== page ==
Whole life costs are increasingly important drivers for clients expecting maximum return on good design


Demand for high quality design remains paramount but the days of access to a bottomless pit of money have long gone. Funding is still difficult to secure and the viability of any scheme remains risky.  

In the current climate, clients need to have the confidence to commit to a project and to help instil this much needed assurance, the design team needs to be able to demonstrate affordability and viability from the outset.

The Qatar 2022 World Cup design competition is a perfect example of this approach in action, where architects are being invited to submit not only design solutions, but also cost plans based on the design at the tender stage. 

The importance of cost in design has achieved greater focus within the property and construction industry over the last decade.

Assessing the value of a design is no longer simply a question of understanding only capital costs - operational and lifecycle costs have come to the fore

There is now a drive to create efficient design solutions from a whole life perspective to deliver more economically viable buildings. This is combined with an increasing legislation on sustainability.  

As a result, clients are now more open to considering a higher capital expenditure output at the start to provide lower operational costs and a commercially viable whole lifetime value. 

Assessing the value of a design is no longer simply a question of understanding only capital costs.  Operational and lifecycle costs have come to the fore creating a far stronger relationship between the cost consultant and architectural  disciplines as a result.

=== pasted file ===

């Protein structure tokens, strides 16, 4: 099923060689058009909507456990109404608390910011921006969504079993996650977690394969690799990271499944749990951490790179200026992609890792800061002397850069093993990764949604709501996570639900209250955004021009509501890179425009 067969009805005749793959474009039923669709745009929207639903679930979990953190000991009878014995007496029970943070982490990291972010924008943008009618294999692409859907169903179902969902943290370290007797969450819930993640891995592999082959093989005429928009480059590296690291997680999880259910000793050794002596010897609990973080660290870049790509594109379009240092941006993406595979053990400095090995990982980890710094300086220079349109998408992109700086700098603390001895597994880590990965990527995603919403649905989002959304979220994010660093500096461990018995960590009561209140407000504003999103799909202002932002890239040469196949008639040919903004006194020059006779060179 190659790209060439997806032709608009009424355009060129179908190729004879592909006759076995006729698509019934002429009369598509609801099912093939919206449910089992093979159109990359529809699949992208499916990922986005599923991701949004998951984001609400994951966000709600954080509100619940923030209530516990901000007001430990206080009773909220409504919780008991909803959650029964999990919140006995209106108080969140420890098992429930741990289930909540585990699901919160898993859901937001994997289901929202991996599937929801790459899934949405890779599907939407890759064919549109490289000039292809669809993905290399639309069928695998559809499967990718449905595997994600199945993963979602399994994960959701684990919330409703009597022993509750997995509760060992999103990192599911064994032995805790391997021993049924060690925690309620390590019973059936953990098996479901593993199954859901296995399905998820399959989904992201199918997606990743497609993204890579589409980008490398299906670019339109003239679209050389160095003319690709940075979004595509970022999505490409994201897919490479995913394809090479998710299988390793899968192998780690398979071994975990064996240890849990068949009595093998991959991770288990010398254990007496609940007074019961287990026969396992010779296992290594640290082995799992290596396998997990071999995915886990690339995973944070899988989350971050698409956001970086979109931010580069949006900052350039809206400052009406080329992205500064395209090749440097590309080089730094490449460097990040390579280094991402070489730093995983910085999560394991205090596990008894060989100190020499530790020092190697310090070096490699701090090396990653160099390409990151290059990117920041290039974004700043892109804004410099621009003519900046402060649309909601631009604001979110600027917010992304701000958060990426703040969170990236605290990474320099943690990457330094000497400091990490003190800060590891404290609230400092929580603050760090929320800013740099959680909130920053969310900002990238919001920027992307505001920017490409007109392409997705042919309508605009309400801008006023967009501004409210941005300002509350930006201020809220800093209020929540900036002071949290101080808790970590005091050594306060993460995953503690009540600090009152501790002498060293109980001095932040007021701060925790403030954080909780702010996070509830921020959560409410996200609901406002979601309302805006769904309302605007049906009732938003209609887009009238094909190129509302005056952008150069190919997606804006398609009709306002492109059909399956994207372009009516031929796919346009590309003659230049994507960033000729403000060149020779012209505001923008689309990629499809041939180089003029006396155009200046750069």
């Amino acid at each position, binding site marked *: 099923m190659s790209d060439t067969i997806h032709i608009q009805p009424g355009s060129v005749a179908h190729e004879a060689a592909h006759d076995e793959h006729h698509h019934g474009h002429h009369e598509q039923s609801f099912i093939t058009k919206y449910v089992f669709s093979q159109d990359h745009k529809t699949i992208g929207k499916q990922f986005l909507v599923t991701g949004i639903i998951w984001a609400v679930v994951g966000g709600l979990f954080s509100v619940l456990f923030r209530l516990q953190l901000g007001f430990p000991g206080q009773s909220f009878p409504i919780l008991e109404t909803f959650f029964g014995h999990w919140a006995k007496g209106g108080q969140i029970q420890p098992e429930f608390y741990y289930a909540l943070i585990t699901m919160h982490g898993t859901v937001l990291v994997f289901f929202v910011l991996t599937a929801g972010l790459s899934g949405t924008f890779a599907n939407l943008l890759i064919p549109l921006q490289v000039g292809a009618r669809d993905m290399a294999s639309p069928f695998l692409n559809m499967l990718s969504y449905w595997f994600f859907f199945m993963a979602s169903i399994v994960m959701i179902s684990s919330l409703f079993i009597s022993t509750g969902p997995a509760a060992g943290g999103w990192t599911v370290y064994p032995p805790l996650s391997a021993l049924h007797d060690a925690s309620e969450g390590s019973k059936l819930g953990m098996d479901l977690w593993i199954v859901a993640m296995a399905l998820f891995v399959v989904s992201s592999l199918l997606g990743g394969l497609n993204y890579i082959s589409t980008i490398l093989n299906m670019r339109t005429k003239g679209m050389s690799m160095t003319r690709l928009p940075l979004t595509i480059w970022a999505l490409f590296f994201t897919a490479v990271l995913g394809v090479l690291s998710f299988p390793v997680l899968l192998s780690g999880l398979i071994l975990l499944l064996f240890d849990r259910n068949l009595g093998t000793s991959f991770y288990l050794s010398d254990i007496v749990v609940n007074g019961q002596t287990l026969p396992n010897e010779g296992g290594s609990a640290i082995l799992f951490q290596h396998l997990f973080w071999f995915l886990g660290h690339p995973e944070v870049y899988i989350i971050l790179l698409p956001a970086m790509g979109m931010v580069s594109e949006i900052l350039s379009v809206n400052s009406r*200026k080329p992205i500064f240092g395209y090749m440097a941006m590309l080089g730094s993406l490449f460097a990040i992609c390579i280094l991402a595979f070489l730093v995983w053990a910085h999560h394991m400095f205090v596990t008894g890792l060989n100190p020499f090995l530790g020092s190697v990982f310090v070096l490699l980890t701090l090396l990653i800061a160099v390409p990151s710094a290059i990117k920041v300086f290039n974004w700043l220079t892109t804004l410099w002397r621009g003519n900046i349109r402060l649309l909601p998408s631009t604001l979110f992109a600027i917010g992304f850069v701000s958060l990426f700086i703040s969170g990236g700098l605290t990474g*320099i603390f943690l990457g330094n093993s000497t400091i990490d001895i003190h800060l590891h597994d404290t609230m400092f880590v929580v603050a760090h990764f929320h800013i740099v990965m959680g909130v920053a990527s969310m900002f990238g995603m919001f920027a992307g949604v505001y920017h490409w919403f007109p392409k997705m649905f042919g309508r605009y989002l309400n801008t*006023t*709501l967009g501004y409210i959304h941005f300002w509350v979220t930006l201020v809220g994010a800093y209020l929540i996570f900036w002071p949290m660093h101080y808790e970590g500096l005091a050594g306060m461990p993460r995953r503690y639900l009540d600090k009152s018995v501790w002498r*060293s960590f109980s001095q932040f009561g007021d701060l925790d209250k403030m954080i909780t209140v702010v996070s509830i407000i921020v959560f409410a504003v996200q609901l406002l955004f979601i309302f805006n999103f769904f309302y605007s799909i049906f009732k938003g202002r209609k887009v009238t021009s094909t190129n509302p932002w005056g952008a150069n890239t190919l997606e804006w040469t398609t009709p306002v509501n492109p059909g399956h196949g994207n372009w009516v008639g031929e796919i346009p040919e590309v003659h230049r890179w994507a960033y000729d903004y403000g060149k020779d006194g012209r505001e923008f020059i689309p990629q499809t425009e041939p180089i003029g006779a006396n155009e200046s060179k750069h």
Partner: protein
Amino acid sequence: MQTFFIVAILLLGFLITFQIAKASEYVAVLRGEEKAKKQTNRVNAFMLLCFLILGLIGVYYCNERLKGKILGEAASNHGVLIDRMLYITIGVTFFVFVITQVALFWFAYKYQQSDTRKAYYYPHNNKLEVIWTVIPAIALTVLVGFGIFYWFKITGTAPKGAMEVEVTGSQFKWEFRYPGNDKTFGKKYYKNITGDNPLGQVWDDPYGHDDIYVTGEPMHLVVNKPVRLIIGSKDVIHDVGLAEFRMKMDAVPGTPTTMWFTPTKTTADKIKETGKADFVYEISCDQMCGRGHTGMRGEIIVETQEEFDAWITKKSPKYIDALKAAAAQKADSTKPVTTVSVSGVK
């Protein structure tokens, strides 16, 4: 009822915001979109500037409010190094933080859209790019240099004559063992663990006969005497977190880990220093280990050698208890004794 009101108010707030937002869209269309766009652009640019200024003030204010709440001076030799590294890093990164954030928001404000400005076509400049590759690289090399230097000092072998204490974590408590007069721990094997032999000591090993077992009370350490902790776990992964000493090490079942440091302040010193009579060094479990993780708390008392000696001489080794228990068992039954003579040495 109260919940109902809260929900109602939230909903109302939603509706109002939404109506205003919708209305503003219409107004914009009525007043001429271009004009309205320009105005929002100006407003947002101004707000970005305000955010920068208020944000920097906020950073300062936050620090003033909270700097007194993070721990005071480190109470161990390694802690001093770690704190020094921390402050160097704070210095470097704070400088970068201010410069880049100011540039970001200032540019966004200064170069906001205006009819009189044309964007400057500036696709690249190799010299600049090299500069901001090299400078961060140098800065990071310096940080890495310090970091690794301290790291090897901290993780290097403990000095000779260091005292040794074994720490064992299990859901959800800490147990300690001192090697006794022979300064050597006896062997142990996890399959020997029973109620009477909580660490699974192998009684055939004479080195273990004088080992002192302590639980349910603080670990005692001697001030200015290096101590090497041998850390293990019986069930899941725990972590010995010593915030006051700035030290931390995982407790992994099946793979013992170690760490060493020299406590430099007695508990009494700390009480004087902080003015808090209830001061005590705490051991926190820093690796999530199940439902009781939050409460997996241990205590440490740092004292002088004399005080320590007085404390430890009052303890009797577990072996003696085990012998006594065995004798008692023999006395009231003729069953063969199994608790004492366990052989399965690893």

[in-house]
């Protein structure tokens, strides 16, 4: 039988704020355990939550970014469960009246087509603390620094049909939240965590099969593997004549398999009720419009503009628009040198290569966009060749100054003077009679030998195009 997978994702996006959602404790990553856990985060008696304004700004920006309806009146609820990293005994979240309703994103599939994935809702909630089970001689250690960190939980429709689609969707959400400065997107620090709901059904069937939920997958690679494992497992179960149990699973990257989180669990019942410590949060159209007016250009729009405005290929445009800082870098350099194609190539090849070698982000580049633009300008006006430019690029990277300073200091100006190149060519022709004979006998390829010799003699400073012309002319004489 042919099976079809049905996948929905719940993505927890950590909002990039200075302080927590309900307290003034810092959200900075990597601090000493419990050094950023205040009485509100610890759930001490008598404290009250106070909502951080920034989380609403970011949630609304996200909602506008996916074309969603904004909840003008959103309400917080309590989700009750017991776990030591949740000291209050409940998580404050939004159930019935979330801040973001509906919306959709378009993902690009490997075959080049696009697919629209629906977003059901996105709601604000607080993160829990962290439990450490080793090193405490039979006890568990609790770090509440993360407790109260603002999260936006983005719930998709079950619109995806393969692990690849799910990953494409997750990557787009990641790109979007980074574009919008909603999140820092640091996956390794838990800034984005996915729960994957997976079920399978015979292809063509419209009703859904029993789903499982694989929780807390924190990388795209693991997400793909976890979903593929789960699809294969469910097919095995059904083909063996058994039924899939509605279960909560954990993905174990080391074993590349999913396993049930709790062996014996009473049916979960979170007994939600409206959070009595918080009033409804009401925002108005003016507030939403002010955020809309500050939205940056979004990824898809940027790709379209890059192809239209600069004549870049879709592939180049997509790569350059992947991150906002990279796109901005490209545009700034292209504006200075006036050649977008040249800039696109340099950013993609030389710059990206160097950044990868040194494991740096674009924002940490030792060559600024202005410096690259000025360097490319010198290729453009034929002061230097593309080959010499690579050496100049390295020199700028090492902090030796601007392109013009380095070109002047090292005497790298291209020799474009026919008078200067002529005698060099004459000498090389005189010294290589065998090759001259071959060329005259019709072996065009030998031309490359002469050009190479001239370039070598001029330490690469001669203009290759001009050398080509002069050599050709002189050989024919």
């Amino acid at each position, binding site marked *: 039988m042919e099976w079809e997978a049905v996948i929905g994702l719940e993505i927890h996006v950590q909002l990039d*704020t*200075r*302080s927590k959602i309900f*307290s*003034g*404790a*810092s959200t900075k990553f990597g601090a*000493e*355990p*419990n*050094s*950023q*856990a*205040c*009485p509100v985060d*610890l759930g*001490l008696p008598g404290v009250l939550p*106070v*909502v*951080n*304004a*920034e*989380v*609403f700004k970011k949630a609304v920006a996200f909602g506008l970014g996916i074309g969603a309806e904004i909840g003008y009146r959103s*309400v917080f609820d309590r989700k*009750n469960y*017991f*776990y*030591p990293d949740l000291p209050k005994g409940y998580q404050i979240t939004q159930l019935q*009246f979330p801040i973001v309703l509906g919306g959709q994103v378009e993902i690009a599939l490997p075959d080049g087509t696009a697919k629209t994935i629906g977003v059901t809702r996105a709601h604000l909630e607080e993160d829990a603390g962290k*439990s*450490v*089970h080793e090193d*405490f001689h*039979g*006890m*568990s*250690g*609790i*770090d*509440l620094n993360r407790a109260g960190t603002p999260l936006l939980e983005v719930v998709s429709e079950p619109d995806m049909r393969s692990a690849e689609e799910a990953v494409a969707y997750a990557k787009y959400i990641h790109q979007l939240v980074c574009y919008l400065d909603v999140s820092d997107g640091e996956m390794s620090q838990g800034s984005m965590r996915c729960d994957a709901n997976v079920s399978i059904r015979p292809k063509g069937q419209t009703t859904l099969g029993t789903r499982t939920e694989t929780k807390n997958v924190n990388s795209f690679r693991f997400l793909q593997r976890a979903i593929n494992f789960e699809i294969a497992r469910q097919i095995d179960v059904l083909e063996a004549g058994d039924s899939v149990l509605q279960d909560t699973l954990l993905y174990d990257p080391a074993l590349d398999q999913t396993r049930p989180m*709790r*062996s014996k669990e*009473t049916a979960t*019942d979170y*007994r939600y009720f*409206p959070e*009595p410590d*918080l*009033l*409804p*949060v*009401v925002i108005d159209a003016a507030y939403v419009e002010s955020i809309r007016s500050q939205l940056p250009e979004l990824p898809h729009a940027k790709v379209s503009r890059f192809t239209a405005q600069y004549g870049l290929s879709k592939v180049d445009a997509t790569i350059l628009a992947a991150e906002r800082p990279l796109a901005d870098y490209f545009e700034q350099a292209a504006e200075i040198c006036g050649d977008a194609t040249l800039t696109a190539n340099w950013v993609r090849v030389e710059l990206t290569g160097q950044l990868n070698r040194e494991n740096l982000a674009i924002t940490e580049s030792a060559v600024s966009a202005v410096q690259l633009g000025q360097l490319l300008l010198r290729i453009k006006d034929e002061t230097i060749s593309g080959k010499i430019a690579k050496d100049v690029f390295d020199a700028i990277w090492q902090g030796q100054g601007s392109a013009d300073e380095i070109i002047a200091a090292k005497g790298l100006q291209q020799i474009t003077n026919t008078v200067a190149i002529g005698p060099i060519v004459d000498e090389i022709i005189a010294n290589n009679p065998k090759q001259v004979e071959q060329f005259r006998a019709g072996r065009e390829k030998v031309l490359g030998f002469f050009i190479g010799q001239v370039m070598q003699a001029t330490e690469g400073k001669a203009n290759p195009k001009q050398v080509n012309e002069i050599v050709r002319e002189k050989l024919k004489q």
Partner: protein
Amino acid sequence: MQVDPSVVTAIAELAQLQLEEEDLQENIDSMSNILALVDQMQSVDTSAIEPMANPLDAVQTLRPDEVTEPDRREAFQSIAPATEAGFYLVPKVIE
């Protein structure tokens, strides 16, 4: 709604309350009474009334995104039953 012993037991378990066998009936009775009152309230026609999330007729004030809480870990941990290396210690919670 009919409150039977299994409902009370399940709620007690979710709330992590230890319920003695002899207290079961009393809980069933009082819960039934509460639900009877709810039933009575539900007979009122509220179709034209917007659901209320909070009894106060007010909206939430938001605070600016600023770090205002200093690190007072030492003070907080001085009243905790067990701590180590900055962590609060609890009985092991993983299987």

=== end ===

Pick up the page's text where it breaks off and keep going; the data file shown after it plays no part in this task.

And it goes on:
The type of information included in the design proposal has also changed.  Rider Levett Bucknall is frequently asked to clearly present a functional as well as an elemental cost analysis for potential schemes the world over. This dual approach not only enables a project to be benchmarked on a functional basis, i.e. cost/key, cost/bed but also allows the cost/m2 and the  elemental costs to be benchmarked  and interrogated . The design team can then understand more fully explain why costs deviate from the norm, for example, bad ground conditions, which could contribute to above average substructure costs.

The benefits of being able to respond to cost related questions creates greater confidence and instils a sense of trust into the relationship as well as ensuring that a financially more successful result is achieved. It also means that protracted redesigns, or later stage value engineering exercises, can be avoided and design team and client aspirations and outcomes remain aligned.

Rider Levett Bucknall has recently joined forces with Building to launch a new service that provides instant data to construction costs on different building types.  It enables a comparison of cost for the same building between different countries and allows the saving of these costs for future reference.  Click here for further detail.

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Lance Taylor is chief executive of Rider Levett Bucknall UK and director of the Rider Levett Bucknall global practice